Vol 11 Num 3




Understory structure in two successional stages of Semi-deciduous Seasonal Forest remnant of Southern Brazil

Geraldo Ceni Coelho

Universidade Federal da Fronteira Sul - UFFS
Av. Presidente Getúlio Vargas, 609N Edifício Engemede - 2° andar Centro 89812-000, Chapecó, Brazil
email: cenicoelho@gmail.com

Marivana da Silva Rigo

UNIJUÍ
Undergraduate of Ciências Biológicas, UNIJUÍ. Rua do Comércio, 3000, Universitário, 98700 000, Ijuí, Brazil
Juliana Boniatti Libardoni

UNIJUÍ
Undergraduate of Ciências Biológicas, UNIJUÍ. Rua do Comércio, 3000, Universitário, 98700 000, Ijuí, Brazil
Rosemeri de Oliveira

UNIJUÍ
Undergraduate of Ciências Biológicas, UNIJUÍ. Rua do Comércio, 3000, Universitário, 98700 000, Ijuí, Brazil
Glaci Benvenuti-Ferreira

UNIJUÍ
Undergraduate of Ciências Biológicas, UNIJUÍ. Rua do Comércio, 3000, Universitário, 98700 000, Ijuí, Brazil

keywords
biodiversity conservation, biological nitrogen fixation, secondary succession, Atlantic Forest of Uruguai River Basin, Subtropical Forest

publication date: 07-18-2011





Abstract
The knowledge of structure and composition of forest strata contributes to understanding the conservation status and dynamics of plant communities. The study of forest understory is important to the knowledge of the succession process. The Seasonal Subtropical Forest remnant named Mato do Silva (27°55'26" S, 53°53'15" W) was studied aiming to describe the structure of understory in the late successional forest (LF) and in the young secondary forest (SF), an 11 years old post-agricultural site with canopy dominance of Ateleia  glazioveana  Baill. The phytosociological survey was carried out through the point quarter method and included individuals of tree and shrub species from 0.5 to 3.0 m of height. The sampling consisted of 384 individuals in LF (67 species) and 284 individuals in SF (20 species). A total of 79 species were observed, and only eight species occurred in both areas. The specific diversity (H') was 3.45 and 2.42 nats in the understory of LF and SF, respectively. The Pielou's evenness index (J) was 0.85 to LF and 0.80 to SF. Cupania  vernalis  Camb. and Psychotria  leiocarpa  Müll. Arg. were the prominent species in the LF while Ateleia  glazioveana  and Solanum  mauritianum  Scop. were outstanding in the SF understory. Shade-tolerant and late secondary tree species occurred in large proportion in the LF forest, while pioneers and early secondary tree species predominated in the SF. In addition, certain dominant species in the understory of the SF were absent in the LF understory, such as A.  glazioveana , Solanum  compressum  L. B. Sm. and Downs, Helietta  apiculata  Bentham and Gledtisia  amorphoides  (Griseb.) Taubert, which indicates that such species are associated to early stages of forest succession. G.  amorphoides is considered an endangered species, and the early successional stages could be necessary for conservation of this species. A decrease in the pH and mineral nutrient levels in the soil was linked to the successional process, indicating the transference of nutrients to the aboveground biomass.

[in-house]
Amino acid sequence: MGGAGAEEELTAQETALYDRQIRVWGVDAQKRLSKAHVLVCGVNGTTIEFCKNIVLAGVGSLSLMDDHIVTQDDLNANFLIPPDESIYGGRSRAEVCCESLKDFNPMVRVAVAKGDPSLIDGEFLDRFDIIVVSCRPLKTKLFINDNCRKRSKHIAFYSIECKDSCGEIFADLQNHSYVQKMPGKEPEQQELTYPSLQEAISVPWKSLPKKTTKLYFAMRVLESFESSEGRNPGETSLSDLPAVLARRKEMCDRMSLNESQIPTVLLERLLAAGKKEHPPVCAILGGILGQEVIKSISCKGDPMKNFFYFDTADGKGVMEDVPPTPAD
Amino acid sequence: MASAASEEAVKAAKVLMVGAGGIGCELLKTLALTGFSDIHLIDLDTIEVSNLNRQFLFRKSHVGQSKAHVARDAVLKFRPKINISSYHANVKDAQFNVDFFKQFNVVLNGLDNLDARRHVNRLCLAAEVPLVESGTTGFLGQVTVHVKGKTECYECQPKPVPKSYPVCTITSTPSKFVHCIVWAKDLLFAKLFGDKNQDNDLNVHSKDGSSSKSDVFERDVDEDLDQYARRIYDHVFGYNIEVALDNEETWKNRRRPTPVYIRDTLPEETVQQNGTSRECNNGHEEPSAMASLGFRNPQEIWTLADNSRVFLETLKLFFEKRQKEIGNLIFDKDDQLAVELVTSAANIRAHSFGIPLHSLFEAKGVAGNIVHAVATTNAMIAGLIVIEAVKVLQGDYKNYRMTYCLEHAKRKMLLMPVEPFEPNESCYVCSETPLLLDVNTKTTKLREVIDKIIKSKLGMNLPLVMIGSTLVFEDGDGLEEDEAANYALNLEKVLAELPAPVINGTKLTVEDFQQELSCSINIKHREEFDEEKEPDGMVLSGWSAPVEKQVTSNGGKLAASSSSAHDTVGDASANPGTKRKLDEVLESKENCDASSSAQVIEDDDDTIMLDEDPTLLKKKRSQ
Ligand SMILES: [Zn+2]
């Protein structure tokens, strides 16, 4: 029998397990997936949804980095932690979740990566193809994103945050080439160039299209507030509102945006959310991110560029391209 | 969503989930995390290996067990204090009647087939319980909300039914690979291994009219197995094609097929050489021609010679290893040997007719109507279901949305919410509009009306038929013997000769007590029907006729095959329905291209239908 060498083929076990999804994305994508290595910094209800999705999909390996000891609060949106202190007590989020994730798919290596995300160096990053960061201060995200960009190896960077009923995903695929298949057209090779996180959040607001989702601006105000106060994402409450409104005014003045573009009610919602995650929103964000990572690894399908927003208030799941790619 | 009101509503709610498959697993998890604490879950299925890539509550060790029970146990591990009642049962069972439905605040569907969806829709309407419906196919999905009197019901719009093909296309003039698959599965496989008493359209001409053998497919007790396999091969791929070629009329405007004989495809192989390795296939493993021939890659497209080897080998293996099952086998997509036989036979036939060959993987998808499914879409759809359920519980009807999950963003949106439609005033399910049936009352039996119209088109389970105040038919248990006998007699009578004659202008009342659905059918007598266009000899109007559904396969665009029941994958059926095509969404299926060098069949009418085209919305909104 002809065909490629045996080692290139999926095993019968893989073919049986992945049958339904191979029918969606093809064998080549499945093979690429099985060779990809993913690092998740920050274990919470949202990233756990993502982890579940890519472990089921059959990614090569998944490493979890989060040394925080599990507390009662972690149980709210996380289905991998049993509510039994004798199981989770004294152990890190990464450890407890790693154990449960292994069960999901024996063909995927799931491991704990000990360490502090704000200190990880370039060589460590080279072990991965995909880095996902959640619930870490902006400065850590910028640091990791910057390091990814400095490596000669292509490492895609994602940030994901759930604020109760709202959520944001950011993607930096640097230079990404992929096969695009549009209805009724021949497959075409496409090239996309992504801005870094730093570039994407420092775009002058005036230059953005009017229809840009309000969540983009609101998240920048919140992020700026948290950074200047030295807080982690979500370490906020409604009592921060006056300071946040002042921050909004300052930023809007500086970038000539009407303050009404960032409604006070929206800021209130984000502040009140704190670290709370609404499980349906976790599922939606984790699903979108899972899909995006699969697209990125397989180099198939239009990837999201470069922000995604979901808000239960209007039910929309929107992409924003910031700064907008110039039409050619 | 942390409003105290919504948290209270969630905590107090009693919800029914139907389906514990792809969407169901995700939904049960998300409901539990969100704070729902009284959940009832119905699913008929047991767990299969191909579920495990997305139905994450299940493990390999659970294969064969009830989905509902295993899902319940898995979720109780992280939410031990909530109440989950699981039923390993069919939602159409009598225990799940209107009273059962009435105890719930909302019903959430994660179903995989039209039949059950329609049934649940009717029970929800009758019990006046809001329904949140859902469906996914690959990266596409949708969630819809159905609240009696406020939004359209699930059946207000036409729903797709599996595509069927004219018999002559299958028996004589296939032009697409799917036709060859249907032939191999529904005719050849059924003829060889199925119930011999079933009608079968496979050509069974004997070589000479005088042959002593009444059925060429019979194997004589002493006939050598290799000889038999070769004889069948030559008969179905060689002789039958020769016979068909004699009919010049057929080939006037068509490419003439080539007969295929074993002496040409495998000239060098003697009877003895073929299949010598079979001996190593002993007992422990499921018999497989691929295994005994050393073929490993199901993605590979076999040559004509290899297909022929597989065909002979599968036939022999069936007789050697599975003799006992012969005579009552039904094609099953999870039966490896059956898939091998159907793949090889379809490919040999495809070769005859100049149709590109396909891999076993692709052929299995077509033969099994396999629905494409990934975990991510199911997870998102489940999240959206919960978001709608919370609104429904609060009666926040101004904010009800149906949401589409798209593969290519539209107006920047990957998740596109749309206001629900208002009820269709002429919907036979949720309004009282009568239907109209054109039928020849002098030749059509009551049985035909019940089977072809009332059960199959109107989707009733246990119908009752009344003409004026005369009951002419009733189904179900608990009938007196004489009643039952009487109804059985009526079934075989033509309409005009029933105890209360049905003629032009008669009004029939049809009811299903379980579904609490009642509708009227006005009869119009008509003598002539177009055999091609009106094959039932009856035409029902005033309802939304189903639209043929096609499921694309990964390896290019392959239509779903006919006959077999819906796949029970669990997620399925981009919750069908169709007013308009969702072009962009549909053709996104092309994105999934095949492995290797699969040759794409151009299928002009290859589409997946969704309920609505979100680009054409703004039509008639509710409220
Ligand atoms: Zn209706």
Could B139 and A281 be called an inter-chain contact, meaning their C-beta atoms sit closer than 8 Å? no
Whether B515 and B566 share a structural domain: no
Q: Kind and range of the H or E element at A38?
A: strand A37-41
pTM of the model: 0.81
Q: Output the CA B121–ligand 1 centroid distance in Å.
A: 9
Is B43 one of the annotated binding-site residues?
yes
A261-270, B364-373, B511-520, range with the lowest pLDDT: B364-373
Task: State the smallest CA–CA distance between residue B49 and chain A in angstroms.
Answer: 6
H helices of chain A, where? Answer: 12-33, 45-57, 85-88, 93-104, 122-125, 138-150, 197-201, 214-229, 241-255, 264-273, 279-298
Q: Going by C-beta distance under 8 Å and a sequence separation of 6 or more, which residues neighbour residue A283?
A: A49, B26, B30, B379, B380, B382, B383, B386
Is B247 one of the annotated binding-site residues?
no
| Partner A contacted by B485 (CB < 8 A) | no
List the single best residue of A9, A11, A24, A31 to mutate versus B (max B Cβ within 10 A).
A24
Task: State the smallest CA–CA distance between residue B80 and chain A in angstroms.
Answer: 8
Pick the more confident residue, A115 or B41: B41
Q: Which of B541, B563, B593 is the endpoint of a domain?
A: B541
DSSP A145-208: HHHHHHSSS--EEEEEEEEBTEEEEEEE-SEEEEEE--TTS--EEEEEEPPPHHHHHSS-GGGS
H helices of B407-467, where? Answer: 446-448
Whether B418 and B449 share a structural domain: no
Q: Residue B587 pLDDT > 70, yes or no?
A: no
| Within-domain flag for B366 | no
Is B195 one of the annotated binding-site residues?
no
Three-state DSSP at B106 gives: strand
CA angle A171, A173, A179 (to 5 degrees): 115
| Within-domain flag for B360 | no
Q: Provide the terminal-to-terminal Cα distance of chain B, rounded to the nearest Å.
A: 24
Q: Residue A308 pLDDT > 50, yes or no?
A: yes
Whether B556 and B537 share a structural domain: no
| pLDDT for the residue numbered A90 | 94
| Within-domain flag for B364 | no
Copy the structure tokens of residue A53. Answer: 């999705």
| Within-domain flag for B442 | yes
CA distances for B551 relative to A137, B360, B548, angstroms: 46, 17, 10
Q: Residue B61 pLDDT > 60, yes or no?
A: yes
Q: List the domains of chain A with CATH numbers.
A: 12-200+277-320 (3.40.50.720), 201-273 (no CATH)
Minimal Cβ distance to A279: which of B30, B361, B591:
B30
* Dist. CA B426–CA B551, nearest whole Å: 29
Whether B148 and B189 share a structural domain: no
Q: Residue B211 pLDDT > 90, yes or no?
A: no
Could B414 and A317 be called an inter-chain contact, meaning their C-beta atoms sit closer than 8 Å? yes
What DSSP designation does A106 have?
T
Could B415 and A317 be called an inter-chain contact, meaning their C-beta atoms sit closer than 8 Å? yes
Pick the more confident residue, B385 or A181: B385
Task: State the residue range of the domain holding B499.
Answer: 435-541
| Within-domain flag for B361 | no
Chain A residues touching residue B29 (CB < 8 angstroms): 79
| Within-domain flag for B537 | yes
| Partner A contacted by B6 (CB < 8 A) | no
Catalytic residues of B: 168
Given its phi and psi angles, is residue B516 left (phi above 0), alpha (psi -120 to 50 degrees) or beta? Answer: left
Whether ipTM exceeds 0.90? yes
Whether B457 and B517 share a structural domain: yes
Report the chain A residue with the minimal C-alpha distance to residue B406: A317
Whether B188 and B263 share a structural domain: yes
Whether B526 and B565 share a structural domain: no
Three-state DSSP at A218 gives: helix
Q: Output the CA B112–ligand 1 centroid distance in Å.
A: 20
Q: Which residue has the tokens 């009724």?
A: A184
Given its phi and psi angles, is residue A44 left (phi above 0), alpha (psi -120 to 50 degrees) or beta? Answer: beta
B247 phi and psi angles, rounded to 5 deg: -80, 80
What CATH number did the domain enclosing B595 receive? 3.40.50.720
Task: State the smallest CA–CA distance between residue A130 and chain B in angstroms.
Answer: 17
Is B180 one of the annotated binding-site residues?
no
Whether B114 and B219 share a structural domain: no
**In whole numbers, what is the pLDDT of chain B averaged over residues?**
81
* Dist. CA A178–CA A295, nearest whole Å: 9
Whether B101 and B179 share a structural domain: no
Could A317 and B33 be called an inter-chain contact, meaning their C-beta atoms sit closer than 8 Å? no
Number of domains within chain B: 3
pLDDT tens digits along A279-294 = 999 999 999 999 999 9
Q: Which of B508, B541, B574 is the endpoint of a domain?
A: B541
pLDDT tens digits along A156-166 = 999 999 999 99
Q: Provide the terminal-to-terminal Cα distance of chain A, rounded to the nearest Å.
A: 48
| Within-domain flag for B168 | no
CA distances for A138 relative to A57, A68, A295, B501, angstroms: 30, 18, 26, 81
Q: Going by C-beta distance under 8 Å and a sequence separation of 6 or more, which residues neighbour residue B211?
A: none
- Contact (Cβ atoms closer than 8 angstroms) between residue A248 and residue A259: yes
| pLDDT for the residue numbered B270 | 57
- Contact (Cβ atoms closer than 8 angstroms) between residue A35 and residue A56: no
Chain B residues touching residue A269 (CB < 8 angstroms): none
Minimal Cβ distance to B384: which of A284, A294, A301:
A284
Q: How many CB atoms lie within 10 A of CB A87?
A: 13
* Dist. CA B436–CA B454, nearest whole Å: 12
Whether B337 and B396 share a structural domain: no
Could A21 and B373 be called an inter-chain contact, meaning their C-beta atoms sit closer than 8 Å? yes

how to quote this paper
Coelho, G. C.; Rigo, M. S.; Libardoni, J. B.; Oliveira, R. and Benvenuti-Ferreira, G. Understory structure in two successional stages of Semi-deciduous Seasonal Forest remnant of Southern Brazil. Biota Neotrop.  Jul/Sep 2011 vol. 11, no. 3 https://www.biotaneotropica.org.br/v11n3/en/abstract?article+bn01011032011 ISSN 1676-0603.

Cited species
check for this species in other resources Ateleia  glazioveana 
check for this species in other resources Cupania  vernalis 
check for this species in other resources Gledtisia  amorphoides 
check for this species in other resources Helietta  apiculata 
check for this species in other resources Psychotria  leiocarpa 
check for this species in other resources Solanum  mauritianum 
check for this species in other resources Solanum  compressum 



Fundação de Amparo | Pesquisa do Estado de São Paulo, Fapesp
Conselho Nacional de Desenvolvimento Científico e Tecnológico, CNPq
© BIOTA NEOTROPICA, 2011